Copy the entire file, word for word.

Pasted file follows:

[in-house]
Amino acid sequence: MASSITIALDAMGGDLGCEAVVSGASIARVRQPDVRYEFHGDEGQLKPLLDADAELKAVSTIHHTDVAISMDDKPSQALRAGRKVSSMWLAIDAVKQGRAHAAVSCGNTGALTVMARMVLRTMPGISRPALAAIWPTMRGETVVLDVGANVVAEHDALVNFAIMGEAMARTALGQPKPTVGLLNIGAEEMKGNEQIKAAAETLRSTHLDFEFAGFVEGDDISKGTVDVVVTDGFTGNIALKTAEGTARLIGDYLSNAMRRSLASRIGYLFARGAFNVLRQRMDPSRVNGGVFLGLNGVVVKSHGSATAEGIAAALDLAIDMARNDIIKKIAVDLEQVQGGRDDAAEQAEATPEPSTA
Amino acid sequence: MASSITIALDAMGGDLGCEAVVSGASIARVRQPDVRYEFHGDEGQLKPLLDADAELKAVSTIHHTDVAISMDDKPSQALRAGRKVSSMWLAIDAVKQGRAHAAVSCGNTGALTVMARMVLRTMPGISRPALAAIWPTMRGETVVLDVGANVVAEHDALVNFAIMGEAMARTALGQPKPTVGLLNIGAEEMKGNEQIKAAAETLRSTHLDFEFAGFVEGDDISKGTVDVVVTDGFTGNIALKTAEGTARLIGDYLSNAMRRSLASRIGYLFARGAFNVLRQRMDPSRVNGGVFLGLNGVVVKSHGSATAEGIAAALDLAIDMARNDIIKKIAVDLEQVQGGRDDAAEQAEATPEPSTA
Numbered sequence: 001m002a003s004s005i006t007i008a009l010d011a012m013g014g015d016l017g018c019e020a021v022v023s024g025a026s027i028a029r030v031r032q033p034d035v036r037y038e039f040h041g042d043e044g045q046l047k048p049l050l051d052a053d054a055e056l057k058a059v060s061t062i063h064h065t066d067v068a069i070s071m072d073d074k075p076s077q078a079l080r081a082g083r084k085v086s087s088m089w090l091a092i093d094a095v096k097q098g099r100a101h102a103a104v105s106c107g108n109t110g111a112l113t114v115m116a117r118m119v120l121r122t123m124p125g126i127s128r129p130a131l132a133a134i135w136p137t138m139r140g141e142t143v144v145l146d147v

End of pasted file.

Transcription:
[in-house]
Amino acid sequence: MASSITIALDAMGGDLGCEAVVSGASIARVRQPDVRYEFHGDEGQLKPLLDADAELKAVSTIHHTDVAISMDDKPSQALRAGRKVSSMWLAIDAVKQGRAHAAVSCGNTGALTVMARMVLRTMPGISRPALAAIWPTMRGETVVLDVGANVVAEHDALVNFAIMGEAMARTALGQPKPTVGLLNIGAEEMKGNEQIKAAAETLRSTHLDFEFAGFVEGDDISKGTVDVVVTDGFTGNIALKTAEGTARLIGDYLSNAMRRSLASRIGYLFARGAFNVLRQRMDPSRVNGGVFLGLNGVVVKSHGSATAEGIAAALDLAIDMARNDIIKKIAVDLEQVQGGRDDAAEQAEATPEPSTA
Amino acid sequence: MASSITIALDAMGGDLGCEAVVSGASIARVRQPDVRYEFHGDEGQLKPLLDADAELKAVSTIHHTDVAISMDDKPSQALRAGRKVSSMWLAIDAVKQGRAHAAVSCGNTGALTVMARMVLRTMPGISRPALAAIWPTMRGETVVLDVGANVVAEHDALVNFAIMGEAMARTALGQPKPTVGLLNIGAEEMKGNEQIKAAAETLRSTHLDFEFAGFVEGDDISKGTVDVVVTDGFTGNIALKTAEGTARLIGDYLSNAMRRSLASRIGYLFARGAFNVLRQRMDPSRVNGGVFLGLNGVVVKSHGSATAEGIAAALDLAIDMARNDIIKKIAVDLEQVQGGRDDAAEQAEATPEPSTA
Numbered sequence: 001m002a003s004s005i006t007i008a009l010d011a012m013g014g015d016l017g018c019e020a021v022v023s024g025a026s027i028a029r030v031r032q033p034d035v036r037y038e039f040h041g042d043e044g045q046l047k048p049l050l051d052a053d054a055e056l057k058a059v060s061t062i063h064h065t066d067v068a069i070s071m072d073d074k075p076s077q078a079l080r081a082g083r084k085v086s087s088m089w090l091a092i093d094a095v096k097q098g099r100a101h102a103a104v105s106c107g108n109t110g111a112l113t114v115m116a117r118m119v120l121r122t123m124p125g126i127s128r129p130a131l132a133a134i135w136p137t138m139r140g141e142t143v144v145l146d147v